Radiation-induced solute segregation in metallic alloys

Alan J. Ardell, Pascal Bellon

Research output: Contribution to journalReview articlepeer-review


The subject of radiation-induced solute segregation (RIS) in metallic alloys is reviewed. RIS manifests itself in several different ways, including diffusion to point-defect sinks (dislocations, grain boundaries, voids, etc.), which can induce precipitation in undersaturated alloys, as well as self-organization of solute clusters and precipitation in defect-free material. Diffusion in dilute and concentrated alloys is highlighted, as are theories of RIS that include new ideas on diffusion of complexes involving coupling between fluxes of point defects and of solute atoms. Many important experimental observations are presented, including up-to-date findings using atom-probe tomography, with special emphasis on solute segregation in austenitic and ferritic steels. Results from computational modeling and theory are also presented and discussed in light of experimental findings. Examples illustrating the factors affecting RIS are shown and some important outstanding issues that impact the current understanding of RIS are described and discussed.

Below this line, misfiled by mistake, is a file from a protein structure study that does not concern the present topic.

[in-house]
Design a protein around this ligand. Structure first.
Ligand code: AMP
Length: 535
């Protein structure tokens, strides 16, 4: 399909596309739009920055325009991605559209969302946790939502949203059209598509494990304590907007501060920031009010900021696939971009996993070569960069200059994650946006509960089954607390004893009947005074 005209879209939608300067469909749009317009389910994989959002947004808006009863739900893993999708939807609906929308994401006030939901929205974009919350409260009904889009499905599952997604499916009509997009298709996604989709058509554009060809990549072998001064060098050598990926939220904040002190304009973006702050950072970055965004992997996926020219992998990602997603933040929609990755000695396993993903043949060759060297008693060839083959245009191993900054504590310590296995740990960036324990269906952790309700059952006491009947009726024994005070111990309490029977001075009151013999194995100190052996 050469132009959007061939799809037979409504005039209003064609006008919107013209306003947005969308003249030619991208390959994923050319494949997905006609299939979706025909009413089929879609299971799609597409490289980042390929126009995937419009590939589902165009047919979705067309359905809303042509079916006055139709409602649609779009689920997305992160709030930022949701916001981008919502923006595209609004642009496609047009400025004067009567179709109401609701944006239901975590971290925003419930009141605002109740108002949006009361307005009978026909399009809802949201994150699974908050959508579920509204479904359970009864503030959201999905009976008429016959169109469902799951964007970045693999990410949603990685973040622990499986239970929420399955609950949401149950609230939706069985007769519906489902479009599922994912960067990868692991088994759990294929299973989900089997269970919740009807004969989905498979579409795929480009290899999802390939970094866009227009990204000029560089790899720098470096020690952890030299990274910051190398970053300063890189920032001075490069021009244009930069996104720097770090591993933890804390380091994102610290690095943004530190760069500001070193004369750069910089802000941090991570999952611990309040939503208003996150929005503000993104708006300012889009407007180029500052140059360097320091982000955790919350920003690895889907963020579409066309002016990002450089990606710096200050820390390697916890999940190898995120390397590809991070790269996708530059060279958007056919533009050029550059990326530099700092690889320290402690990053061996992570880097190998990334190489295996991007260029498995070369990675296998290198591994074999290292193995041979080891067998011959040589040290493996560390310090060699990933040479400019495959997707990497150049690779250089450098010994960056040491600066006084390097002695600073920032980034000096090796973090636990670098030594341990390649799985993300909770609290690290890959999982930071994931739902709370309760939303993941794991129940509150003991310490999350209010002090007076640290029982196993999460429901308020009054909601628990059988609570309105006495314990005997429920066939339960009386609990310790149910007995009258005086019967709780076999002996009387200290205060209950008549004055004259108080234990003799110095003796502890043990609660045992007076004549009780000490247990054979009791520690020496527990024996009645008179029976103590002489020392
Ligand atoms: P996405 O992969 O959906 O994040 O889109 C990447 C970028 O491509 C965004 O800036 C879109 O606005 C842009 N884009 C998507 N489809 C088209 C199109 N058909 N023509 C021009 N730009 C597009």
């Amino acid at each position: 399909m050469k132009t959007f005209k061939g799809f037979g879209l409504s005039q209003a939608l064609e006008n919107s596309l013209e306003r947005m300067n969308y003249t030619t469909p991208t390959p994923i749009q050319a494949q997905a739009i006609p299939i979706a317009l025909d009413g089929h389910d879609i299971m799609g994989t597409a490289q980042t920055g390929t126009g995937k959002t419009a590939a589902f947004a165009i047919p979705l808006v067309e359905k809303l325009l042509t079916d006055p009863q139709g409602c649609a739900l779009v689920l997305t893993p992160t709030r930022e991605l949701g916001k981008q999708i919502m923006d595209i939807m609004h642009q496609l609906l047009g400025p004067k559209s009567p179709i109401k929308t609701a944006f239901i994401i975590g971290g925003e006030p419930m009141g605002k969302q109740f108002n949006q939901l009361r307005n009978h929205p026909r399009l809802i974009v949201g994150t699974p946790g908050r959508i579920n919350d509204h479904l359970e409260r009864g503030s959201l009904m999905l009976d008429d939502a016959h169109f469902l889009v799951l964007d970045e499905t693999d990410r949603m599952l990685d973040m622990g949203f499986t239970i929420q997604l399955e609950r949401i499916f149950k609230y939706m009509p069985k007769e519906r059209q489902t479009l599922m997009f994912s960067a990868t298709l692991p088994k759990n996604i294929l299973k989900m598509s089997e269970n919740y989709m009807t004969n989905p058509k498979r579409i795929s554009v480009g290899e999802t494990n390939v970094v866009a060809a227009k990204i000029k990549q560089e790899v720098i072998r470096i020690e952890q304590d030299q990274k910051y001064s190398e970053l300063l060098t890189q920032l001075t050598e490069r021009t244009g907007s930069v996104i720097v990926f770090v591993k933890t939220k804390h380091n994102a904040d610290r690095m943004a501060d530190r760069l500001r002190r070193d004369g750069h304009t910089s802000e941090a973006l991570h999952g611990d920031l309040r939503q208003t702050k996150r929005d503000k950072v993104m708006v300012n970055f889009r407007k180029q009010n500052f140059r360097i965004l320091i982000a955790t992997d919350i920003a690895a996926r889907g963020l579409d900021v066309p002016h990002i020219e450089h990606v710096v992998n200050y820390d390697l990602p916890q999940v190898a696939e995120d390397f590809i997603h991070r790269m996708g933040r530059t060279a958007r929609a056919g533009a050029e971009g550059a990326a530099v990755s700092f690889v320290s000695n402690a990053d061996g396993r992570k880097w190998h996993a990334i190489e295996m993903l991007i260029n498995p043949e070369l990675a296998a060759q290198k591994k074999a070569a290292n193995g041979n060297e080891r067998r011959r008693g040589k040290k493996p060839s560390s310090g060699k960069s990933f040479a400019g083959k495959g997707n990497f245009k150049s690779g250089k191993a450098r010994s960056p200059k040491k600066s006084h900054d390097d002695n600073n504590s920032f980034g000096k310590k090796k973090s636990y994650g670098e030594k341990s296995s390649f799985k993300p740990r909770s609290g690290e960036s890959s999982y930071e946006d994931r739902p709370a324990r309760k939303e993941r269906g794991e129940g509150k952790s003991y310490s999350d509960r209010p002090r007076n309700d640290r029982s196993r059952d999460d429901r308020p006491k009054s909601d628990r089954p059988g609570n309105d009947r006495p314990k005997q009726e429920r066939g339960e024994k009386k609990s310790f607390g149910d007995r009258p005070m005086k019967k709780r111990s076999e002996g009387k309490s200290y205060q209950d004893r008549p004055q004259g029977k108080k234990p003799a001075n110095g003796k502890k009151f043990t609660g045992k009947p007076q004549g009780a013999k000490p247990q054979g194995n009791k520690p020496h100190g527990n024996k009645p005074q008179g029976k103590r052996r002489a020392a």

Original languageEnglish (US)
Pages (from-to)115-139
Number of pages25
JournalCurrent Opinion in Solid State and Materials Science
Issue number3
StatePublished - Jun 1 2016


  • Austenitic and ferritic stainless steels
  • Clustering
  • Computational modeling
  • Diffusion
  • Radiation damage
  • Rate-theory kinetics
  • Solute segregation

ASJC Scopus subject areas

  • General Materials Science


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